Left to right: Adam Ostry, Linda Leith, Lorraine Segato, Deanne Taylor
Session Six Urban Diversity and Cultural Expression: The Coca-colonization of Local Identities?
LINDA LEITH, President & Artistic Director, Blue Metropolis Montreal International Literary Festival (bio)
LORRAINE SEGATO, Recording Artist and Filmmaker, Get Off My Dress Productions (bio)
DEANNE TAYLOR, Playwright and Director, Co-Director of the theatre company VideoCabaret (bio)
ADAM OSTRY, Program Chair, CIPA Board Member (bio)
Synopsis by Ah-jung Lee
In the Session Six, three panelists, Linda Leith, Lorraine Segato, and Deanne Taylor, and the moderator Adam Ostry, discussed the impact of globalization on Canadian cultural life the threat from the mighty American Hollywood cultural products, the lack of funding for developing new Canadian artists, some of the initiatives that have been or need to be taken to foster the Canadian cultural fabric, and the Canadian cultural identity and Canadians perception of themselves as reflected on the arts productions. This Session, unlike the other ones, did not have a formal presentation of each panelist but rather was divided into three parts: a brief introduction of each speaker, a dialogue among the panel around three question posed by Adam Ostry followed by a Q & A period.
Ms. Segato, a songwriter and filmmaker asserted that culture is defined by a complex combination of emotional, physical, spiritual, and sexual experiences of people and argued that story-telling of ourselves and of our cities can play a role in our solution-building for the problems and challenges we face as a city. For a sustainable city, we need to tell stories and reframe our priorities as to place revitalizing culture an imperative. People, she argued, want to feel the sense of community in a globalizing world and art productions that portray and reflect Canadians can provide just that for us.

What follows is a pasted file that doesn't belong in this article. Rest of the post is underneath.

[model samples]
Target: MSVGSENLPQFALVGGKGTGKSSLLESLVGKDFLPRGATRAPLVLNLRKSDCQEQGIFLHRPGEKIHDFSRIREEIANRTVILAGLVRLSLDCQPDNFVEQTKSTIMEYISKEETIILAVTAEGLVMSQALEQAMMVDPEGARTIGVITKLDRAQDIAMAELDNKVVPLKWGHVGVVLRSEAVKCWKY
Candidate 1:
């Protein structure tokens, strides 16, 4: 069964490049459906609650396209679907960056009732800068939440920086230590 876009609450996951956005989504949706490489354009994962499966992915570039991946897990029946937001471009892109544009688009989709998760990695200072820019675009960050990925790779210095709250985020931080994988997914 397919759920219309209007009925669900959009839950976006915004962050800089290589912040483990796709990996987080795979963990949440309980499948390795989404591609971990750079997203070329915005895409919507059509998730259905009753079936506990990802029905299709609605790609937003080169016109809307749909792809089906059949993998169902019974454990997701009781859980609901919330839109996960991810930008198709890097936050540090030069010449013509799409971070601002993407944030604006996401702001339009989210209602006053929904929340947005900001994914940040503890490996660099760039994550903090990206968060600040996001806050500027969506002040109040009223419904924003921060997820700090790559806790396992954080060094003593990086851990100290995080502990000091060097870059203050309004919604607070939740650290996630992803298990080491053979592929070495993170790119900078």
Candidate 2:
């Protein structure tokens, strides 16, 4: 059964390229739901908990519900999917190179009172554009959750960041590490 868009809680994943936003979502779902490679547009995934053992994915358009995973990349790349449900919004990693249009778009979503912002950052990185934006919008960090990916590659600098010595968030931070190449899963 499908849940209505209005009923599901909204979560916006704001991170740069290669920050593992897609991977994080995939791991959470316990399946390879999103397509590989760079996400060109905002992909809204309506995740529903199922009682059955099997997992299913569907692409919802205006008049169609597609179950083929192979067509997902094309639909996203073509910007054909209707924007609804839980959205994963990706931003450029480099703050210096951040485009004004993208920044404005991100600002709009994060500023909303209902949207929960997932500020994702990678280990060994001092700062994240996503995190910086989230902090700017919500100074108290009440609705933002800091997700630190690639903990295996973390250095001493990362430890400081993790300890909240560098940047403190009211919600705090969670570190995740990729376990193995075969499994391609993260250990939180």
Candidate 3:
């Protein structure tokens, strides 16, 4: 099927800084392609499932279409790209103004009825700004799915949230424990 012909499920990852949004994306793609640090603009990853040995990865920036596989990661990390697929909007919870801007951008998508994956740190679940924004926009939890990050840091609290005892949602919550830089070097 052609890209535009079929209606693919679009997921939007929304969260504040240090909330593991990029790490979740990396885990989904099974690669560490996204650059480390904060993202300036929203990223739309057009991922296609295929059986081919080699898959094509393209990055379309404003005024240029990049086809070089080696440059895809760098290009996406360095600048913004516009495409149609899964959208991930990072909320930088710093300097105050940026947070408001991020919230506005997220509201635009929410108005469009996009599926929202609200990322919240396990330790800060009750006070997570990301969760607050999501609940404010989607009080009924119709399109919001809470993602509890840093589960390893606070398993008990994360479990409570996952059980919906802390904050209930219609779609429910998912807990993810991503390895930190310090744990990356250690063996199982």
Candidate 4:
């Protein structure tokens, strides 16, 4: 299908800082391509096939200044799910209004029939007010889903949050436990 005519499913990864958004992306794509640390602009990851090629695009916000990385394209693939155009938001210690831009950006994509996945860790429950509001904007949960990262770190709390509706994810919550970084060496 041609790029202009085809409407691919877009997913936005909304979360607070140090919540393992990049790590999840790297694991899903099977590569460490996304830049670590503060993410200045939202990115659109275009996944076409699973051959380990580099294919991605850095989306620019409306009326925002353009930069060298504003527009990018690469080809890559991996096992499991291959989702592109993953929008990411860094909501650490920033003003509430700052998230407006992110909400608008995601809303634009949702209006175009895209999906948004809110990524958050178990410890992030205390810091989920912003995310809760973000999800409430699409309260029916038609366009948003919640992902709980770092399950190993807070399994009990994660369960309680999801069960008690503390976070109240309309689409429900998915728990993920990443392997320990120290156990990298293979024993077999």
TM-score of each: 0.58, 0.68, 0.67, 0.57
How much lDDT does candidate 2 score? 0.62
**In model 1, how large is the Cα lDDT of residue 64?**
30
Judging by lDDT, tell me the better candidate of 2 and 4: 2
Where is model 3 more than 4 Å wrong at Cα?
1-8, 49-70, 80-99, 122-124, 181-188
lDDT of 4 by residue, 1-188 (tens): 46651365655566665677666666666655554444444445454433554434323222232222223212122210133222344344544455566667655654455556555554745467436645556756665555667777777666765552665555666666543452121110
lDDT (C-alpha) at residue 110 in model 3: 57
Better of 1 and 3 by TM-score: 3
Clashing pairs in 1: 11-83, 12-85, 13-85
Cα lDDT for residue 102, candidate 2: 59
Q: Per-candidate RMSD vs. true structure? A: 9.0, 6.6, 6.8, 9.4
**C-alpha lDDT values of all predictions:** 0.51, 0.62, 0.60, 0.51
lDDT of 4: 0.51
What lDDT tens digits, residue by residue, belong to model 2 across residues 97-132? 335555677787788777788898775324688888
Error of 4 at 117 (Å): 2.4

Ms. Taylor, a playwright and director of a theater company, talked about her work of creating plays about the city, culture, and politics in Canada and emphasized the importance of creating more plays that are genuinely Canadian, encompassing the cultural fabric of all ethnic groups that make up our society. Expressing her profound concern about the American cultural "colonization," Ms. Taylor argued that globalization has endangered our local cultures and development of Canadian identity. "Canadian culture is weak and almost dying we all go for Hollywood," she marked. Recognizing that there are not enough plays of authentic Canadian content, Ms. Taylor passionately urged that we need to provide more funding for Canadian arts production, asserting that artistic accomplishment is the key to the countrys (and the citys) survival and vitality in the era of globalization.